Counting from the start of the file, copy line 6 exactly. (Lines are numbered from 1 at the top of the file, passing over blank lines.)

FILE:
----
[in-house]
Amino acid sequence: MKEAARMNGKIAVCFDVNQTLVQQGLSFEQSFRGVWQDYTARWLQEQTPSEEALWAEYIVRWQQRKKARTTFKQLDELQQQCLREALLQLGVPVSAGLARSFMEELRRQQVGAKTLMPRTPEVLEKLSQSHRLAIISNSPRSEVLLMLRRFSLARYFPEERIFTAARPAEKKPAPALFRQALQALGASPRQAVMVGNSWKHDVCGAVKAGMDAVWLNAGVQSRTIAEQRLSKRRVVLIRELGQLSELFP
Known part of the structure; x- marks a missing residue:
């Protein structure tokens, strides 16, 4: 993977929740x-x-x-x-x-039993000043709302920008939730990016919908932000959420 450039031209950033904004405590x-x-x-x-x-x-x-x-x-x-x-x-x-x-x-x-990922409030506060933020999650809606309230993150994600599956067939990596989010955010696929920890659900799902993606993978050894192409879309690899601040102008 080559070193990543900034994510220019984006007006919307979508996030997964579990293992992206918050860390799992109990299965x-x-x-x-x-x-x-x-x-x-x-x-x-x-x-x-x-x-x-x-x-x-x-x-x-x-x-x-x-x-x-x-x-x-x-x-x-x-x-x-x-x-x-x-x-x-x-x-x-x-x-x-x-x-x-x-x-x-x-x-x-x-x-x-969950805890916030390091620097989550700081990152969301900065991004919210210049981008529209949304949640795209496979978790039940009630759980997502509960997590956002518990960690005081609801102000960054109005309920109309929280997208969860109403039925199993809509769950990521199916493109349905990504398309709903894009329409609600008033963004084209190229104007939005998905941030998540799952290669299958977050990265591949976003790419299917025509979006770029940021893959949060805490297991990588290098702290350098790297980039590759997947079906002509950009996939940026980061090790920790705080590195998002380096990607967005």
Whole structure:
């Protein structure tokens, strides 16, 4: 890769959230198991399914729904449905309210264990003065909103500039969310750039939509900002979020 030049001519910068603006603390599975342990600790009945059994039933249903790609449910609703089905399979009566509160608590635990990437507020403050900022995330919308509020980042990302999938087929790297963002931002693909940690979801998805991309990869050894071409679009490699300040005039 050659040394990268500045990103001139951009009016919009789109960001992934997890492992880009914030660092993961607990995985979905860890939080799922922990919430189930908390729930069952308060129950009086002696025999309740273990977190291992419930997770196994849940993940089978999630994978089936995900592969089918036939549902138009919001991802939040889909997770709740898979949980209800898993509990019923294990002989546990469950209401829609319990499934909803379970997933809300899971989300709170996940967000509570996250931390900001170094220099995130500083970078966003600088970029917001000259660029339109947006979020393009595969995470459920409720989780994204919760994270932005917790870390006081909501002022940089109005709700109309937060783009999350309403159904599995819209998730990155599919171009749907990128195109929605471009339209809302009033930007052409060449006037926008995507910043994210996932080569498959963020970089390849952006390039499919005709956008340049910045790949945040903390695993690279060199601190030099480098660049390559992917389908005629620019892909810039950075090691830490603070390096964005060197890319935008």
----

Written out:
């Protein structure tokens, strides 16, 4: 890769959230198991399914729904449905309210264990003065909103500039969310750039939509900002979020 030049001519910068603006603390599975342990600790009945059994039933249903790609449910609703089905399979009566509160608590635990990437507020403050900022995330919308509020980042990302999938087929790297963002931002693909940690979801998805991309990869050894071409679009490699300040005039 050659040394990268500045990103001139951009009016919009789109960001992934997890492992880009914030660092993961607990995985979905860890939080799922922990919430189930908390729930069952308060129950009086002696025999309740273990977190291992419930997770196994849940993940089978999630994978089936995900592969089918036939549902138009919001991802939040889909997770709740898979949980209800898993509990019923294990002989546990469950209401829609319990499934909803379970997933809300899971989300709170996940967000509570996250931390900001170094220099995130500083970078966003600088970029917001000259660029339109947006979020393009595969995470459920409720989780994204919760994270932005917790870390006081909501002022940089109005709700109309937060783009999350309403159904599995819209998730990155599919171009749907990128195109929605471009339209809302009033930007052409060449006037926008995507910043994210996932080569498959963020970089390849952006390039499919005709956008340049910045790949945040903390695993690279060199601190030099480098660049390559992917389908005629620019892909810039950075090691830490603070390096964005060197890319935008």